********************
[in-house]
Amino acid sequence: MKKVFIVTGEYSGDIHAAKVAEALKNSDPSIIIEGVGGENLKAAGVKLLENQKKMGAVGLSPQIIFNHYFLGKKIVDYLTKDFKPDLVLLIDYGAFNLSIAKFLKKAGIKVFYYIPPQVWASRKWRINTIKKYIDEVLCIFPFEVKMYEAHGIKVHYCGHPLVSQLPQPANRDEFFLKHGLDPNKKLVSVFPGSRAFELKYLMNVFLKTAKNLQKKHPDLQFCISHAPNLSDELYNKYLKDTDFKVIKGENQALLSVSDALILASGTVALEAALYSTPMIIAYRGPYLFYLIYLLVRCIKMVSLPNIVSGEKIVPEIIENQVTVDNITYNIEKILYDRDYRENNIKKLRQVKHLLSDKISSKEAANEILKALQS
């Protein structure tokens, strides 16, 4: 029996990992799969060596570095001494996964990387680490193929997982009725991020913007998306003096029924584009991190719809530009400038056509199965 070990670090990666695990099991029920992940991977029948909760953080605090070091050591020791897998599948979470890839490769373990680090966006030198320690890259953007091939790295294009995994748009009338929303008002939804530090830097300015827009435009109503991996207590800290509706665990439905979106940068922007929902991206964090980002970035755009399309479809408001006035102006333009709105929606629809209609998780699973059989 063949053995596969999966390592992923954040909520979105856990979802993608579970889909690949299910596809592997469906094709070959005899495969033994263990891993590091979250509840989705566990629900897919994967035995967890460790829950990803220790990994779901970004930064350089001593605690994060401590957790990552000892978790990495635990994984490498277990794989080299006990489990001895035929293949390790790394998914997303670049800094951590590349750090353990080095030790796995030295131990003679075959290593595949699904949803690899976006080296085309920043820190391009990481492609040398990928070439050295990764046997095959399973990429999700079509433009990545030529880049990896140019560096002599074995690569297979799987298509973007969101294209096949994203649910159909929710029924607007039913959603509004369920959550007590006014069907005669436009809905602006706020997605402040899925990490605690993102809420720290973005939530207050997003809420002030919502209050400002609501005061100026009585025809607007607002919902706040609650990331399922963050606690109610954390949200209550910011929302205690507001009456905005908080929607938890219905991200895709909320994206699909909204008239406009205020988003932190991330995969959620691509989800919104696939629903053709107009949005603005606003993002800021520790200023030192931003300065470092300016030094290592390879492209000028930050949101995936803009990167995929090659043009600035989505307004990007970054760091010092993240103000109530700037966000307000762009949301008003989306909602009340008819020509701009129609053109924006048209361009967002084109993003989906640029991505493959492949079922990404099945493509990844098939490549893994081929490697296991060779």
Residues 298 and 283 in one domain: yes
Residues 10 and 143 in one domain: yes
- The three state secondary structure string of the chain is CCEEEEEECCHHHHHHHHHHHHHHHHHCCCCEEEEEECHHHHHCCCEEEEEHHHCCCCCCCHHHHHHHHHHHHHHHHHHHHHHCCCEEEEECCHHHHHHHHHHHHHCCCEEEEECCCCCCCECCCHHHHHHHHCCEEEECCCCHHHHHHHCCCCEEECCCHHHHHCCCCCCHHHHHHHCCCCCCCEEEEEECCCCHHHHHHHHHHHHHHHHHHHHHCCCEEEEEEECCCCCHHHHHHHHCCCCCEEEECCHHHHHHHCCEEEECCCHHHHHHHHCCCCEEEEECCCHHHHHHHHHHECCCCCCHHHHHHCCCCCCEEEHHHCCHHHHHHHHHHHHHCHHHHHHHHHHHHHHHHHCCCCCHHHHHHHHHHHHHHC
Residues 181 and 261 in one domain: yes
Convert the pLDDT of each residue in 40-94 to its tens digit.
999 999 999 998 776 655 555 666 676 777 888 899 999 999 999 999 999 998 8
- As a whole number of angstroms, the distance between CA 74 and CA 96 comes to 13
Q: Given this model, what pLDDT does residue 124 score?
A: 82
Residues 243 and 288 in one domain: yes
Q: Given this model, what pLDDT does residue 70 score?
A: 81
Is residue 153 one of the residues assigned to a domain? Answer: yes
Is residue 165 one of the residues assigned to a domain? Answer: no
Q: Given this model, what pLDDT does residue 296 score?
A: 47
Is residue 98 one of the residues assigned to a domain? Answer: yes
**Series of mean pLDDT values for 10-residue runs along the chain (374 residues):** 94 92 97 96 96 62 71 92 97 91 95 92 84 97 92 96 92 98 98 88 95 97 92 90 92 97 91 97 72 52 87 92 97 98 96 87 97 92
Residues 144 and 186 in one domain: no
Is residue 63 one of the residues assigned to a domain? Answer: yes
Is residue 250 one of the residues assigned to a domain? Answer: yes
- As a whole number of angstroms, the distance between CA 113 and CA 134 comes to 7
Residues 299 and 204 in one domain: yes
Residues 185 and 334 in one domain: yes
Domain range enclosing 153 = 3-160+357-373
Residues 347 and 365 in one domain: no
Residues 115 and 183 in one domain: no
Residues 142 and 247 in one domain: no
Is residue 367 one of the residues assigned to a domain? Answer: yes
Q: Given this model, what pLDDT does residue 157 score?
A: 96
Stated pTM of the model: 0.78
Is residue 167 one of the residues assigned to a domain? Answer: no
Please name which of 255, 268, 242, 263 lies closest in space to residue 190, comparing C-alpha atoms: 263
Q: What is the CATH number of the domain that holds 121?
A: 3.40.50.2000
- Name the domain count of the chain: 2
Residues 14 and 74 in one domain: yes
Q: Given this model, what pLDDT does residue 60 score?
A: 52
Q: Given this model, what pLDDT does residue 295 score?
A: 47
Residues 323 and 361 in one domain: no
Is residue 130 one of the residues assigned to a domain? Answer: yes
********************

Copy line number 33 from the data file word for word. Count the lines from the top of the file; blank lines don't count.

Q: Given this model, what pLDDT does residue 157 score?